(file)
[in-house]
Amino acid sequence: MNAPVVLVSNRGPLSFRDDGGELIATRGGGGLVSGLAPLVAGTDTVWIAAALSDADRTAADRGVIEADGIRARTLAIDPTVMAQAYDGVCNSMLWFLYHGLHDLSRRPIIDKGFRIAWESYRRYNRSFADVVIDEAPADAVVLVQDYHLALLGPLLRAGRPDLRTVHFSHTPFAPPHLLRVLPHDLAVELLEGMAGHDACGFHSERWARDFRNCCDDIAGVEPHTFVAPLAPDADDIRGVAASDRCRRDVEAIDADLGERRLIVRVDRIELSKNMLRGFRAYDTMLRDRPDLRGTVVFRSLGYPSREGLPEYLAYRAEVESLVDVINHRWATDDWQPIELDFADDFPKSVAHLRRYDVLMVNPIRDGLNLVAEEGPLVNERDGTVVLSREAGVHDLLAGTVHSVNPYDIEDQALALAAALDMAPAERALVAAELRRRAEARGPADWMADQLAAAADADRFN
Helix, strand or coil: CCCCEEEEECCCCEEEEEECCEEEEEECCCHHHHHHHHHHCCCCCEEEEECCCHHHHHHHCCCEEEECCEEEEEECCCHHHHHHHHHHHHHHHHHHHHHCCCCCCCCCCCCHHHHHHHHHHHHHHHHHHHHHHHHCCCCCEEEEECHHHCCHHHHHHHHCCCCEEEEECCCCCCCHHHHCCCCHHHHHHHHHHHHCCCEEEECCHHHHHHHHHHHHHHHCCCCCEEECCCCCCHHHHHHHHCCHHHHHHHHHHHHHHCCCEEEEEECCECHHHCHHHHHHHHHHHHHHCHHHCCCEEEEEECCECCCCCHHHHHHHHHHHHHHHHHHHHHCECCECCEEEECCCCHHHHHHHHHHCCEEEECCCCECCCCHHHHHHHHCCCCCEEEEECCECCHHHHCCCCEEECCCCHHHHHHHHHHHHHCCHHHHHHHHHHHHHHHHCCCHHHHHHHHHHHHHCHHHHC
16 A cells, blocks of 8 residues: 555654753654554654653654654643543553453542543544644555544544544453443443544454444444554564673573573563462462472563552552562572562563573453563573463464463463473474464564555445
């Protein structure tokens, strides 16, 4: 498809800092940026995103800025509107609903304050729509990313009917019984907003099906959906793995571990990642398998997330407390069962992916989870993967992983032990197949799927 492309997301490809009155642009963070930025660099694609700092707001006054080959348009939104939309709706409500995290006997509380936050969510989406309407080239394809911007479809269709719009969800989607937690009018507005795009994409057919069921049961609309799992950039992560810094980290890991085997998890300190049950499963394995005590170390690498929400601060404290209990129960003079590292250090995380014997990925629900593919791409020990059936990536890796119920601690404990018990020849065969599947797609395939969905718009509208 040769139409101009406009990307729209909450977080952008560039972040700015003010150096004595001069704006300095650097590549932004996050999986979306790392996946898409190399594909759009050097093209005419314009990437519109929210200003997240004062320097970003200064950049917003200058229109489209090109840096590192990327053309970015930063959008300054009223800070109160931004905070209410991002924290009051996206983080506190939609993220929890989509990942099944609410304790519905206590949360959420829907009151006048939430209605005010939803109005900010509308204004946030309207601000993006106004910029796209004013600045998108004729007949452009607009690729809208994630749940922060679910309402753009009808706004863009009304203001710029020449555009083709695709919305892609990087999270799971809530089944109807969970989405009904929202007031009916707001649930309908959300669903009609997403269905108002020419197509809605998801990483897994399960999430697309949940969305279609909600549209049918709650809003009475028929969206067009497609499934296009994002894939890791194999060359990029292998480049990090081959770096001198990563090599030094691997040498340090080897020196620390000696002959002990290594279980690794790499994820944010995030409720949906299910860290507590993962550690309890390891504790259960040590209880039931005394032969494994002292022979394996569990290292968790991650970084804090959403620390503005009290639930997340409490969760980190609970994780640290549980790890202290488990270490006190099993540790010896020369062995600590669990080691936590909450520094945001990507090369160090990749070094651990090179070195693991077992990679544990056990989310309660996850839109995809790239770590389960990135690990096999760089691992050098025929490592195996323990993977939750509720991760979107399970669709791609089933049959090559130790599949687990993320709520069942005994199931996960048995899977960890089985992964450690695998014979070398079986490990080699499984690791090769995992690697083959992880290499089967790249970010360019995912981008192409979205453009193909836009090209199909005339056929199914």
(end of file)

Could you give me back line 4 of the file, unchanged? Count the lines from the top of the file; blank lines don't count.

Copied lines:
16 A cells, blocks of 8 residues: 555654753654554654653654654643543553453542543544644555544544544453443443544454444444554564673573573563462462472563552552562572562563573453563573463464463463473474464564555445